Rayner et al., through pharmacokinetic and pharmacodynamic relationships, suggested that twice-daily 600mg linezolid dosing might be considered an overdose in the treatment of elderly or adult patients with renal impairment.28 The authors explained that this could be due to a decrease in linezolid clearance rates, as shown by the AUC (area under curve) analysis, which represents the duration and the degree of exposure to linezolid; an increase in the AUC was found in these patients, culminating in the development of hematological alterations.

Matsumoto et al. (2010) quantified the plasma concentrations of linezolid by chromatography and demonstrated a correlation between impaired linezolid clearance and lower renal filtration rates. In this sense, platelet count monitoring had been recommended in patients treated with linezolid for longer than 7 days, especially for those with renal impairment, because of clearance reduction leading to linezolid accumulation.29 Our results corroborate this recommendation, but we believe that further studies should be encouraged to determine the role of linezolid metabolites in linezolid-induced thrombocytopenia in patients with renal dysfunction, as well as to determine whether linezolid could be reduced by a dose adjustment according to renal function, for which there is currently no specific recommendation.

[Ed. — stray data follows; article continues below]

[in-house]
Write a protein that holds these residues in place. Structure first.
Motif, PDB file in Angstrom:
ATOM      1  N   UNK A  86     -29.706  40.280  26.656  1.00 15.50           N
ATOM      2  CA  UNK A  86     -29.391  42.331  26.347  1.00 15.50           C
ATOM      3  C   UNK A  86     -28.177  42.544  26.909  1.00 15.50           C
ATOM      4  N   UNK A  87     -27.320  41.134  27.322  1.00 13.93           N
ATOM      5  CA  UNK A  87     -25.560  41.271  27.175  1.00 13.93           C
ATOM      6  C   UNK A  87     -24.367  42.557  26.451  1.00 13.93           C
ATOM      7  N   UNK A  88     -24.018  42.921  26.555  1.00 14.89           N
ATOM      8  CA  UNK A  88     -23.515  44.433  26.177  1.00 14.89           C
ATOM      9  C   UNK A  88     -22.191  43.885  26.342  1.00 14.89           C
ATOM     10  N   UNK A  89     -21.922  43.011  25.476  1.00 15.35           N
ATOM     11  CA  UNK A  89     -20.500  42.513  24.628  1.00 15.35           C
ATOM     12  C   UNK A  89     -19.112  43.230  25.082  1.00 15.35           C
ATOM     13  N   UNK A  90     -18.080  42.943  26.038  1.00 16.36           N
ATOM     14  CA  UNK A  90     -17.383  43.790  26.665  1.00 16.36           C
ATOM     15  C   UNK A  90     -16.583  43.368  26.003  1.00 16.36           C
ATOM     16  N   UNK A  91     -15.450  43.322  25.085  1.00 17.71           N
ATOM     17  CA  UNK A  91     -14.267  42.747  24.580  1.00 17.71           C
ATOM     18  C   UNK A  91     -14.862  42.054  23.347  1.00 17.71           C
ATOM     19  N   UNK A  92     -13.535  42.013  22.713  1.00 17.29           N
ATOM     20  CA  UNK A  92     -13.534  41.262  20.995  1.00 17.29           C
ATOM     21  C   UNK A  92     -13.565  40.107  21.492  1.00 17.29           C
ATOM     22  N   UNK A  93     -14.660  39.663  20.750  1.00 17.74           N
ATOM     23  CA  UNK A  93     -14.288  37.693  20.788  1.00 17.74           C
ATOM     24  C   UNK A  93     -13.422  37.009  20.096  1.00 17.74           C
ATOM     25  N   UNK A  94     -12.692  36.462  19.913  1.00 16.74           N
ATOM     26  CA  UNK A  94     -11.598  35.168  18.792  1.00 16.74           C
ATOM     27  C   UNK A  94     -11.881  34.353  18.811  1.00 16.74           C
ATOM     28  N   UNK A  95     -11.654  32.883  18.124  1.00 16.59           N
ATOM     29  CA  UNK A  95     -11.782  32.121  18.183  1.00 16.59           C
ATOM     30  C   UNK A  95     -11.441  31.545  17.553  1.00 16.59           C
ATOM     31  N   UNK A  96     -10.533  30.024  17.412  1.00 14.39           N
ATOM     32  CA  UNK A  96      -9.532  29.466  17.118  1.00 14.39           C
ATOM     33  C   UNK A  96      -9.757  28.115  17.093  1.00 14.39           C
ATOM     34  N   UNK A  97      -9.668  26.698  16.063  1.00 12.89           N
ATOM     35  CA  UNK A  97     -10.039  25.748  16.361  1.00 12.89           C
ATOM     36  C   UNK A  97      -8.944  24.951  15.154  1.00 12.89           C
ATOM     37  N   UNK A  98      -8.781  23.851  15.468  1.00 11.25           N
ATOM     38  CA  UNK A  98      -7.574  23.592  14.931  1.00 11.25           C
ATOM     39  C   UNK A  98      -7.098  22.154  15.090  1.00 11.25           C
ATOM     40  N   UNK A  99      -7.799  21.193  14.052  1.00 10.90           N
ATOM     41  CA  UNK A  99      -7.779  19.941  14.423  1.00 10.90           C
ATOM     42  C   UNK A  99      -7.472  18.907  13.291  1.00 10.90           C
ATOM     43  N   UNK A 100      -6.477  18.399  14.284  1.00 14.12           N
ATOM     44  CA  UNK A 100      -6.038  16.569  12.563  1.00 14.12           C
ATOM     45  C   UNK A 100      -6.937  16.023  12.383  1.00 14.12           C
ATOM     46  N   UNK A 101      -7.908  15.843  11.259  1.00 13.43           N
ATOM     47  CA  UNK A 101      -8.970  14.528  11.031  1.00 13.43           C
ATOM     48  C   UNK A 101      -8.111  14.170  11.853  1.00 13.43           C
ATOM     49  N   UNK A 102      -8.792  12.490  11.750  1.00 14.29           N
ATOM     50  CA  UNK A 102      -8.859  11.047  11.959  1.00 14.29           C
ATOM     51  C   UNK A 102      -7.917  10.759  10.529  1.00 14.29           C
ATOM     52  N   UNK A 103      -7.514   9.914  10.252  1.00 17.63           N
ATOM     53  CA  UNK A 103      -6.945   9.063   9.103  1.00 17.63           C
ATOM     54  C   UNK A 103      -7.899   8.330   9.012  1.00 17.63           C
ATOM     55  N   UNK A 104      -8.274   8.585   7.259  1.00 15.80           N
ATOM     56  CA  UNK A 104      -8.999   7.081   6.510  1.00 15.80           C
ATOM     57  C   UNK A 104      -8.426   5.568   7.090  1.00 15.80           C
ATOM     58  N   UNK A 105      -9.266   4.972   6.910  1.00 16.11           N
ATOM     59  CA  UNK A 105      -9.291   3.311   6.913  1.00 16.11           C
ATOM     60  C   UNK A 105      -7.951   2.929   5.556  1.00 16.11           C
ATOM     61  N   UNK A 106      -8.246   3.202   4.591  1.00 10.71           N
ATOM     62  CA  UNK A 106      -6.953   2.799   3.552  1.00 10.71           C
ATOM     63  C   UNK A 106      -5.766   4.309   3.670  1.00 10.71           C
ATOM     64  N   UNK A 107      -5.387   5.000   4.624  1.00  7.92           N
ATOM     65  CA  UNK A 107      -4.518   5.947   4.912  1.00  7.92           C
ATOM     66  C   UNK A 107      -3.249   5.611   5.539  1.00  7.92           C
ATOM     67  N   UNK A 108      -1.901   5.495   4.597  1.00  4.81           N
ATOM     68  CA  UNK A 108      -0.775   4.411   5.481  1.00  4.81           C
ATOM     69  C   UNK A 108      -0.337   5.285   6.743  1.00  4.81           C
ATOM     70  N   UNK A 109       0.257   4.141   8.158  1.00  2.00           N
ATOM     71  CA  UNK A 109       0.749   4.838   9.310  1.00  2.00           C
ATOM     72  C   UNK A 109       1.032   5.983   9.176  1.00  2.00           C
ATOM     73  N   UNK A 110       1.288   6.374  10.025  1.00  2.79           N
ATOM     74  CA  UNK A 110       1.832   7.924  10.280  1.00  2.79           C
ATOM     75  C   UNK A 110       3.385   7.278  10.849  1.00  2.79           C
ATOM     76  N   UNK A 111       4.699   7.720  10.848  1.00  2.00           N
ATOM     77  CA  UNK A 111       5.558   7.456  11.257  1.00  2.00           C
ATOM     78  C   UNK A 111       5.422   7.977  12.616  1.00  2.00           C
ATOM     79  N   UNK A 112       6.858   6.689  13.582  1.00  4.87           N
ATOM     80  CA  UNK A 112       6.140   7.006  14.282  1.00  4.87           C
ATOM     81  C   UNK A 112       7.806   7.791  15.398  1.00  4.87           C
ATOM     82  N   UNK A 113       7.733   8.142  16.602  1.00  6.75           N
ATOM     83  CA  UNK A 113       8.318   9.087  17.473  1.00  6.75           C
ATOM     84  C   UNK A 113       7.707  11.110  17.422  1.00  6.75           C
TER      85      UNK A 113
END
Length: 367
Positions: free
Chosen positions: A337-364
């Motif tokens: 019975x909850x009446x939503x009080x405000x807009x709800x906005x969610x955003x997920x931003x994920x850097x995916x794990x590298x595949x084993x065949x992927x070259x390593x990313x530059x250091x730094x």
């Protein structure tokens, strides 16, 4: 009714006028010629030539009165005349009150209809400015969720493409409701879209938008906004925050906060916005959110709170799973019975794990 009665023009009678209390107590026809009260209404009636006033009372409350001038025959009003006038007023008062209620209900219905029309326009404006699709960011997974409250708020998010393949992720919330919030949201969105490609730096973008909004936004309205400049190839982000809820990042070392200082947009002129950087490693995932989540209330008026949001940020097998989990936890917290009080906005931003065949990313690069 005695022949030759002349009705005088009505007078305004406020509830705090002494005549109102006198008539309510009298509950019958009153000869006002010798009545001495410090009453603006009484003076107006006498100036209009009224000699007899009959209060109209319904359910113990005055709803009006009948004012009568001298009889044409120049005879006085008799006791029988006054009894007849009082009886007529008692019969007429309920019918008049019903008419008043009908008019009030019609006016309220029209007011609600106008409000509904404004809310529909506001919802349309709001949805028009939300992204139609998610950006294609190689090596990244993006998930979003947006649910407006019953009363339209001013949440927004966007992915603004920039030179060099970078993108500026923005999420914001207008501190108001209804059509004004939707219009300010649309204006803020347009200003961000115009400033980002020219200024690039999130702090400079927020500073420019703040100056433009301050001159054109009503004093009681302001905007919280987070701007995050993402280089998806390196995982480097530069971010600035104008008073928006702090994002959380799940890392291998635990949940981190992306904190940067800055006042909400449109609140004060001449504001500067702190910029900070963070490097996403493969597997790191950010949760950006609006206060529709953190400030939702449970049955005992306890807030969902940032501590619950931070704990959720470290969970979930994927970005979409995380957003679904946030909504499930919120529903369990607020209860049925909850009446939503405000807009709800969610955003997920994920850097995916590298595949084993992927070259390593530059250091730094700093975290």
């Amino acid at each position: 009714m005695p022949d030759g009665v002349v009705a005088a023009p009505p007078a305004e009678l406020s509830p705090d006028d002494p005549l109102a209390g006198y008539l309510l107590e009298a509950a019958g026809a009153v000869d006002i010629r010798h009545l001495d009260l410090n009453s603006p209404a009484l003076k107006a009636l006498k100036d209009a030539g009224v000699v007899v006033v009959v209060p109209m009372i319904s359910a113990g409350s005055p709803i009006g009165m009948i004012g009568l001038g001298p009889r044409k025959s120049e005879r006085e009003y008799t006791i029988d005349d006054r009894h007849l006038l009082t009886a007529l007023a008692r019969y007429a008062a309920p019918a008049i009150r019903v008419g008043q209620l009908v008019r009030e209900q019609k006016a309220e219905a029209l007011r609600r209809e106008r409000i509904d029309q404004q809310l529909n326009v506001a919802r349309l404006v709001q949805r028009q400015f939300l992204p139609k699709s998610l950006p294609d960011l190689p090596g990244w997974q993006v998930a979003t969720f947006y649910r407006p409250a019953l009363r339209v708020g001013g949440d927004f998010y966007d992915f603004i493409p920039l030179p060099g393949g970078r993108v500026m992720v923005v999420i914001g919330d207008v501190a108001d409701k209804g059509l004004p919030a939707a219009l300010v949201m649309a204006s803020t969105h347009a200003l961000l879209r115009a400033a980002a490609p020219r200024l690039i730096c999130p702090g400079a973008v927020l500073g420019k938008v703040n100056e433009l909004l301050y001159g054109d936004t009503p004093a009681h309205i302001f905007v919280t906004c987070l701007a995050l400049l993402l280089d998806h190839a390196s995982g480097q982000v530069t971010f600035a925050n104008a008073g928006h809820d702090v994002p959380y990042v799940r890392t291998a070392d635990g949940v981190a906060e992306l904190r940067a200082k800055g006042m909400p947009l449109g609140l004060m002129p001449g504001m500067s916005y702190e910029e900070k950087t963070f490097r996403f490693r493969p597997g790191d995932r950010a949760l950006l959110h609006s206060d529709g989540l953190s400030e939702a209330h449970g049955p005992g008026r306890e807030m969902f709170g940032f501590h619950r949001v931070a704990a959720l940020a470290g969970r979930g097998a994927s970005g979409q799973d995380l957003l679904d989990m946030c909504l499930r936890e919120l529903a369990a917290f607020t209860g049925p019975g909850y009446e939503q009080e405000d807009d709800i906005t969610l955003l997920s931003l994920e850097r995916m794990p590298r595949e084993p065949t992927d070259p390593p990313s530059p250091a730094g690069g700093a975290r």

We observed no association of DPWD with the risk of thrombocytopenia, possibly because the mean body weight of the patients studied was equivalent to the recommended total daily dose of 1200mg linezolid and was below a defined cutoff (>20mg/kg/day). On the other hand, Niwa et al. observed a higher incidence of thrombocytopenia in patients receiving daily doses ≥22mg/kg.19 Natsumoto et al. also reported in their study that patients with DPWD ≥27mg/kg/day with body weight ≤45kg developed thrombocytopenia, suggesting the need for dose adjustment by body weight of adult patients, as already indicated for pediatric patients.7 Thus, in our opinion, the dose adjustment by body weight also in adults would be a good option in order to contribute to their safety, since this is a priority worldwide in hospitals.